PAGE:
Hello! I’m Agathe Dupeyron, a nomadic archaeologist who can occasionally be found in Peru, France, or the UK. In previous years, I was not able to take part in the Day of Archaeology. Indeed, at this time of year, I normally find myself digging in the sands of coastal Peru without internet access.
My background is in public archaeology – a strand of our discipline that aims to reflect on the economic, social and political impacts of archaeology on the real world. However, since February 2015 I started working as a research assistant on an ambitious and innovative digital project that blends cultural evolution, archaeology and history, and I now spend more time digging through books and PDFs than excavating dead bodies.
The Seshat: Global History Databank project aims to detect and understand long-term trends in societies using rigorous mathematical models based on actual archaeological and historical evidence in order to inform future policy-making. We use data collected on a very large-scale, both temporally and spatially. This kind of approach, which we call cliodynamics (for Clio, the goddess of history) has so far enabled researchers like Peter Turchin to foresee events such as the rise of ISIS, Brexit, or the disruption of traditional political parties in the USA. When I found out about the project, the opportunities that it would present to use the lessons of history and influence current trends were not lost on me. After all, using our knowledge of the past to change the world is what public archaeologists strive to do.
Although there are no excavations involved, our aims are very similar to those of more traditional archaeologists. We seek to test theories about humanity and the evolution of societies, such as understanding the role of warfare and ritual in the emergence of states, or looking at the relationship between social inequality, political (in)stability and well-being. Cultural evolution is the idea that societies have attributes that are heritable and subject to change, and can be selected for or against at various levels, much like individual traits in genetic evolution. Hence, some traits make societies more durable and are thus likely to spread. The project evaluates the importance of various parameters in the long-term and across the globe. So far, we have sampled 30 regions, but there will be many more in the future as we expand.
We are directly dependent on the scholarship produced by archaeological projects on the ground (excavation reports, books, journal articles, catalogues) among other sources. Many archaeological projects have made inroads into the theories we want to test, but until now there was no way to check whether they held up against actual evidence in more than a few case studies. Besides, the project goes beyond archaeology in a truly interdisciplinary fashion, reflected in our team, made up of evolutionary biologists, anthropologists, archaeologists, historians and computer scientists.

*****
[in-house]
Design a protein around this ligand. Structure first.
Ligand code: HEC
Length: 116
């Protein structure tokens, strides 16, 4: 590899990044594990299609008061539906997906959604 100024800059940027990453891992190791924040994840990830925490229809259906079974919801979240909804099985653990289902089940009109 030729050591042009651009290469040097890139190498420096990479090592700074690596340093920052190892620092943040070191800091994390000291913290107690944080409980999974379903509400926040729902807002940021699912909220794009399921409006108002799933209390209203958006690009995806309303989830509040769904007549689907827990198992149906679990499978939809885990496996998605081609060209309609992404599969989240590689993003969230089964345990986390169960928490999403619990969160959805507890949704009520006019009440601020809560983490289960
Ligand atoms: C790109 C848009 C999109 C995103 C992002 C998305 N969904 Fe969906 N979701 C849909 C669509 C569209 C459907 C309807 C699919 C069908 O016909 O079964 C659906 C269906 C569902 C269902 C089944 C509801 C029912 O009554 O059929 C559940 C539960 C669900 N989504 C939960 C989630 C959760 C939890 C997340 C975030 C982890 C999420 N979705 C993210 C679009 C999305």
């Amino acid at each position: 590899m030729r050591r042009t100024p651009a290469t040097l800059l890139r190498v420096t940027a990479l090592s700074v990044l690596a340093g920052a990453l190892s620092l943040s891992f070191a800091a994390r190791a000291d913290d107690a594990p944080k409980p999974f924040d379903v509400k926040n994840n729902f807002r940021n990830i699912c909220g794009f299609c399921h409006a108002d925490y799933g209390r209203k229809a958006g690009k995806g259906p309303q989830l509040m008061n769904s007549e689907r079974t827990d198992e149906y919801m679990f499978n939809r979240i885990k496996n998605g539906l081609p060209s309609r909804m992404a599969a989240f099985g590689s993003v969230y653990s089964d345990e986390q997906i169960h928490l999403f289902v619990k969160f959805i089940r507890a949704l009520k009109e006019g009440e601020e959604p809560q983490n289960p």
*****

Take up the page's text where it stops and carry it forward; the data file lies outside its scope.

On a typical day, I’ll peruse (usually academic) texts about a region of the world and look for specific variables. At the moment, I’m focusing on a succession of polities in Anatolia and looking for information on legal systems, institutions, economics, discrimination, slavery, and many other parameters. Trying to fit so much information into a uniform coding pattern does not come without challenges. It involves scanning huge swathes of literature rapidly to look for the most relevant data, and evaluating the reliability of the source – which are staple research skills. In this respect, my job is not so different from that of an academic. Then, I extract the information I need and code it into what we call ‘polity sheets’ using a prescribed set of variables (here’s the code book).
This means that we have to choose from the available options for consistency, in a way that will be machine-readable, and provide our explanations with quotes (and detail our conundrums, if any!) in the explanatory paragraph. Here’s an example for the Roman Principate. If you want to learn more about it, the coding process has also been detailed in a really good post written by my colleague Eva Brandl.Of course, we make sure to contact experts to double-check that our information is correct, and to obtain more suggestions. The approach has been very fruitful so far, and dozens of archaeologists and historians have contributed in order to refine the quality of our data.
This job has given me the chance to focus on the archaeology and history of a variety of places that I had not necessarily studied before, and I have learnt so much. Initially I started with Peru, which I am very familiar with after living there for a year and a half, but quickly moved on to Colombia, China, the Paris Basin, Sogdiana or Mongolia. I have read hundreds of books and articles on ritual, warfare, settlement patterns, and almost any topic that can be broached in scholarly literature.
As I come across bizarre/interesting tidbits of information about past societies, I tweet some of them at @agatheducrayon (I also occasionally upload photos from some of the most interesting sites I see in the Andes). The Seshat project can be followed at @SeshatDatabank, and it’s very refreshing to see beautiful images of sites, objects and interesting projects popping through the stream of politics and news. We also have a hashtag, #Seshat, that most research assistants use to share what we’ve been working on, and a blog which is regularly updated.
Over the next few years, the database will become publicly available (starting in March 2017), and anyone will have access to it for browsing or theory-testing. If you are interested in contributing or sharing your knowledge, or just want to find out more information on the project, don’t hesitate to contact us on social media, on Twitter, Facebook or on our dedicated website.